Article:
Since the beginning of this year, Outdoorphoto has been blessed with not one, not two… but THREE new babies.  For this reason, we decided to approach Maryna Cotton from Photowise, a photographer known for her enthusiasm, talent and love of little ones, to give us some insight on the subject of New Born Photography.

Celebrating new life…

New Born Photography PART 1


New Born baby sleeping on a avocado green blanket

Photo Credit – Maryna Cotton (Photowise)

There is something magical about a new baby….

A birth is regarded a miracle and celebrated as such in every culture in the world and I believe it is this inherent sense of wonder that has me so hooked on photographing newborns.  It is true however, that newborn photography, in my experience is not the easiest genre of photography and over and above the posing, lighting and other technical challenges, it has a number of unique challenges, some of which I will refer to in this article.  But, having said all of that, I love the interaction with these little models.  To me they represent purity and innocence, they embody hope for the future.  They leave me feeling strangely at peace with a sense of “there is hope after all and all will be well” despite the hard work that goes into the shoot.

I am grateful for every mommy who has trusted me with her precious little one…..

As with every genre of photography, newborn photography is no stranger to blogs, tutorials and online discussions, and there are as many opinions on what is right or wrong or how to do it, as there are readers.  I will endeavor to touch on some of the basics in Part 1, but also to share some of the tips and tricks and specifics I have learned from photographing little people in Part 2.

New Born baby wrapped and sleeping in a basket

Photo Credit – Maryna Cotton (Photowise)

Equipment and success

Make the most of what you have by using it well.  Equipment is not the most important factor in determining your success, but rather how well you know your gear, good shooting habits and the experience you created for your client.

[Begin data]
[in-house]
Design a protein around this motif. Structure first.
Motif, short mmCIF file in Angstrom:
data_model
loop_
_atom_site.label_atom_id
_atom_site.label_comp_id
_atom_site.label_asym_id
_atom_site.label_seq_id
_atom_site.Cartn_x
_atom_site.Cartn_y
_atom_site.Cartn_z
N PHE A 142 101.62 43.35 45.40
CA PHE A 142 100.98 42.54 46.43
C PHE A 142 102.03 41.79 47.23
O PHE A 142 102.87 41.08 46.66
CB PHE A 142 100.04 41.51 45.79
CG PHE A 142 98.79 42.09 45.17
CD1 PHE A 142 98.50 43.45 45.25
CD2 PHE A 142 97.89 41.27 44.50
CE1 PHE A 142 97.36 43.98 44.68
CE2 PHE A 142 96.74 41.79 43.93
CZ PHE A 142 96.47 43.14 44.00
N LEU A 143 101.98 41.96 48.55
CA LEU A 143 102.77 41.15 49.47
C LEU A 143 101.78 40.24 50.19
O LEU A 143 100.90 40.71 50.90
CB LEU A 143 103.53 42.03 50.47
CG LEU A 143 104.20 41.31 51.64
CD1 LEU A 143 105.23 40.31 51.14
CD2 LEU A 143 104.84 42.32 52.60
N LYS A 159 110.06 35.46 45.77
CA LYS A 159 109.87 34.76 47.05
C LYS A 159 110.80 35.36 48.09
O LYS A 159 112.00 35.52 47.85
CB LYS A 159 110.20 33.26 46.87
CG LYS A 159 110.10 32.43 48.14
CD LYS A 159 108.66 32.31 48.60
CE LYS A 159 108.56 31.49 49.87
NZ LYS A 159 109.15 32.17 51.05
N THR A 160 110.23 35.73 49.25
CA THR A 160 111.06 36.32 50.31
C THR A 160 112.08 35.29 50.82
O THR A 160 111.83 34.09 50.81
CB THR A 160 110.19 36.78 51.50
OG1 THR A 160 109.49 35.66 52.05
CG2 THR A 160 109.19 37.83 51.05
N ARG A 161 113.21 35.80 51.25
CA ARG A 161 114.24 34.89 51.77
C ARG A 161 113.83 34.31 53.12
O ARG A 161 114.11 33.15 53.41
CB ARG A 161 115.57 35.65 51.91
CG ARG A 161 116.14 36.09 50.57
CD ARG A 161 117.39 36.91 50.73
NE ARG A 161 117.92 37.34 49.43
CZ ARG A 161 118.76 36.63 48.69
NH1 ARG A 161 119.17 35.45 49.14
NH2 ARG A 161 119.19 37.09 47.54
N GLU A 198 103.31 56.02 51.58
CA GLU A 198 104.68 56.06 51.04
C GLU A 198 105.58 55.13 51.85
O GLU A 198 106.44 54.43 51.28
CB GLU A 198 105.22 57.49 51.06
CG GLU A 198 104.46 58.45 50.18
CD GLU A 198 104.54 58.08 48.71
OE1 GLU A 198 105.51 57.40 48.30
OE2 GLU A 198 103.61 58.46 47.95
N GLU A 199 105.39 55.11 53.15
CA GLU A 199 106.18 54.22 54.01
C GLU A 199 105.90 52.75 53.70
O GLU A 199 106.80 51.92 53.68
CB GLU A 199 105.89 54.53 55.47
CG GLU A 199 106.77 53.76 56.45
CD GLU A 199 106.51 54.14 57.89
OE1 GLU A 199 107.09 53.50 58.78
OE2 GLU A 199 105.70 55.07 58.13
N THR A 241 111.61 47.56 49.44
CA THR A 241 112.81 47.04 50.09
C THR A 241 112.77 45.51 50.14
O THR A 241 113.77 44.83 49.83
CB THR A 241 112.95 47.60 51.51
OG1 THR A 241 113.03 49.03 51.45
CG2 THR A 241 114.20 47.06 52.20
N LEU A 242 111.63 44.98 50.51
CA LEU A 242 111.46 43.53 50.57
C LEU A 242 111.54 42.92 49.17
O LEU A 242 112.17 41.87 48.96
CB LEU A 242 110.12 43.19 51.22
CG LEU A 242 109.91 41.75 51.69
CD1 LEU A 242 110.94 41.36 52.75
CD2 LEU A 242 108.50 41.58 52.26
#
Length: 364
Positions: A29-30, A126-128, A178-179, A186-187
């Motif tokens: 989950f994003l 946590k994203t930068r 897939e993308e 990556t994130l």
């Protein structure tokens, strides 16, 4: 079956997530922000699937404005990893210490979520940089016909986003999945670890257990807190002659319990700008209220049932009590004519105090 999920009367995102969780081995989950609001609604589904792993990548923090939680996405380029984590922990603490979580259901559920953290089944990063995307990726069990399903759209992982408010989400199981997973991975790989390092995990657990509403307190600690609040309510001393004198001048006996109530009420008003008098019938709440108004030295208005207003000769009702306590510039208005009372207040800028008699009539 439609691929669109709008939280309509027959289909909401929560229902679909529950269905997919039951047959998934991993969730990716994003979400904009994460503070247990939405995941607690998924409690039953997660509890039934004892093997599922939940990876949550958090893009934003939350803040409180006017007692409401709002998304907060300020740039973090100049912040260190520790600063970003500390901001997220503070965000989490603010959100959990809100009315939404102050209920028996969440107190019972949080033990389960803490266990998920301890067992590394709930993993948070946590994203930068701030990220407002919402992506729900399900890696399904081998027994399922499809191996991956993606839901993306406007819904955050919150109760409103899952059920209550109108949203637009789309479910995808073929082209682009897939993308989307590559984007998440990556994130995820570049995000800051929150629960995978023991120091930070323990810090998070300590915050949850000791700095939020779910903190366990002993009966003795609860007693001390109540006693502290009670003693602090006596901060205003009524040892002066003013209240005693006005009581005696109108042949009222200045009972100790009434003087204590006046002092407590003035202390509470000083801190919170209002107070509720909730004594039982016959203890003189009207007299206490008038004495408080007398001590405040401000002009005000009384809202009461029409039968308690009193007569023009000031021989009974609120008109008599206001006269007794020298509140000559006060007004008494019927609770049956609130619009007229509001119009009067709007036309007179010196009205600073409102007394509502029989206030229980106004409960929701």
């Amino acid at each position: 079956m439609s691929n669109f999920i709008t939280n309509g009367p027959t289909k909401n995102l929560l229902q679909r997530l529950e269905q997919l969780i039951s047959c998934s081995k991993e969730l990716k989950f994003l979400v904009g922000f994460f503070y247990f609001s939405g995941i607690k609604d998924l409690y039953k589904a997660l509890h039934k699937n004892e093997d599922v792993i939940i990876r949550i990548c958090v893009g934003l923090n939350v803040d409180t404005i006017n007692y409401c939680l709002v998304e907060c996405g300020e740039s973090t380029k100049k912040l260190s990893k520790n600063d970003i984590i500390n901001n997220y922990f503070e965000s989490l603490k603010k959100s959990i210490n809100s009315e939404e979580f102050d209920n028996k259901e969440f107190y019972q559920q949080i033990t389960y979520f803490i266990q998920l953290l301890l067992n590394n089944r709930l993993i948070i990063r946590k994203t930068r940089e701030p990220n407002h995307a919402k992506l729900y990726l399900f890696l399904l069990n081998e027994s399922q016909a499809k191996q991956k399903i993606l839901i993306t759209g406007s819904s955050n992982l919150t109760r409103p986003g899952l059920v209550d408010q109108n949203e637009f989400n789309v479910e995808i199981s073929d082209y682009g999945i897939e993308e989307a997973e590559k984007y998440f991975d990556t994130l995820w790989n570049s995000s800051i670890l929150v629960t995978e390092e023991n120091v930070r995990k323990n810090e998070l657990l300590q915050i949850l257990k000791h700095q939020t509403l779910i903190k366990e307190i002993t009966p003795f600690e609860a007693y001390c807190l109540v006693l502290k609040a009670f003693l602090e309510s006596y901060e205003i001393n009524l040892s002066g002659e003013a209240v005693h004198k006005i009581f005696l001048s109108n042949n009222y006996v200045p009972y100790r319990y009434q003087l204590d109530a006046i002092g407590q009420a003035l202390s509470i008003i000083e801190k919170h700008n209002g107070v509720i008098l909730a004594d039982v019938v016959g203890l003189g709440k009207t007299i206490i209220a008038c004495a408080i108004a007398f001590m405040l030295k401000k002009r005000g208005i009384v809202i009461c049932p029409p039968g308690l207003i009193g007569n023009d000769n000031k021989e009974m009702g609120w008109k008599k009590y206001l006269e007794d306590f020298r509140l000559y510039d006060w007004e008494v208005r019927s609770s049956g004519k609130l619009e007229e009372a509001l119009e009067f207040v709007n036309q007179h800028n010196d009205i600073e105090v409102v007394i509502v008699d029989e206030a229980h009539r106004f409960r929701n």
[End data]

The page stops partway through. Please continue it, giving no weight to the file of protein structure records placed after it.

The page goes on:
Although beautiful newborn images could be created on compact or cellphone cameras, I use a DSLR camera, as it offers more creative choices.  Combined with my favourite sharp fast lenses, I produce well exposed, sharp images consistently.  Shooting with wide apertures, and the resulting shallow depth of field, eliminates the need to spend hours in post-production software to create soft blanket-bleeds.

New Born baby sleeping in a basket

Photo Credit – Maryna Cotton (Photowise)

Styled or lifestyle shoots

Popularised by Anne Geddes, styled or posed newborn shoots remain high in demand.  Babies are perfectly posed, usually in blankets, wraps, baskets, hats and headbands.

Whether one needs a studio with studio lighting or not, is usually the first question asked in my workshops.  In my mind the answer is no.  The nature and characteristics of window light makes it particularly suitable for newborn photography.  Some baby photographers have dedicated baby studio’s with lots of beautiful window light, but any well lit area could work.

A styled shoot, must be done as soon as possible after birth, but preferably in the first 2 weeks, when the little one is still mostly sleepy and happy to be moulded into the poses.

Lifestyle type shoots, are usually shot in the babies home environment and often include other family members.  More photojournalistic in style, the aim is to capture baby’s day to day routine, with those spontaneous and special interactions with Mommy and baby or baby and siblings etc.  These images are natural and un-posed.

Black and white photo of a baby sleeping with chin on arms

Photo Credit – Maryna Cotton (Photowise)

Black and white photo of a new born sleeping on a textured blanket

Photo Credit – Maryna Cotton (Photowise)


Most clients don’t really understand what a newborn shoot entails. Communicate clearly what you intend to do, your style, how many and what type of props you intend using and how long it will take, to ensure that the shoot and the client’s expectations are aligned.

Set your client’s mind at ease…. “The little one sets the pace for the shoot and might take a while to settle down, but we have time”. “Baby might wee on the blankets or props – all of it will be washed anyway”. “Baby might be cold and uncomfortable… So the heaters will be on and your baby will be handled with care and lots and lots of love”.

New Born baby sleeping with a tutu

Photo Credit – Maryna Cotton (Photowise)


Inspiration is everywhere and can also come from the client’s Pinterest board (which you are likely get from the client).

As for props, we are spoiled for choice.  There was a time in my life when I couldn’t lift a salad-bowl or wooden box off a shops shelf, without wondering whether a baby could fit into it.  To avoid being overwhelmed by all the options, I plan 5-6 different set-ups before a shoot (to match my inspiration and the clients expectations), and unpack or take only those props to a shoot.  I also ask the client to bring something of sentimental value which we can use in the shoot, in doing so capturing a special memory for them.

For me inspiration is often found in the babies little movements, stretches and cute expressions.  Be in the moment!

More about the shoot in Part 2….

Black and white photo of baby sleeping in a basket

Photo Credit – Maryna Cotton (Photowise)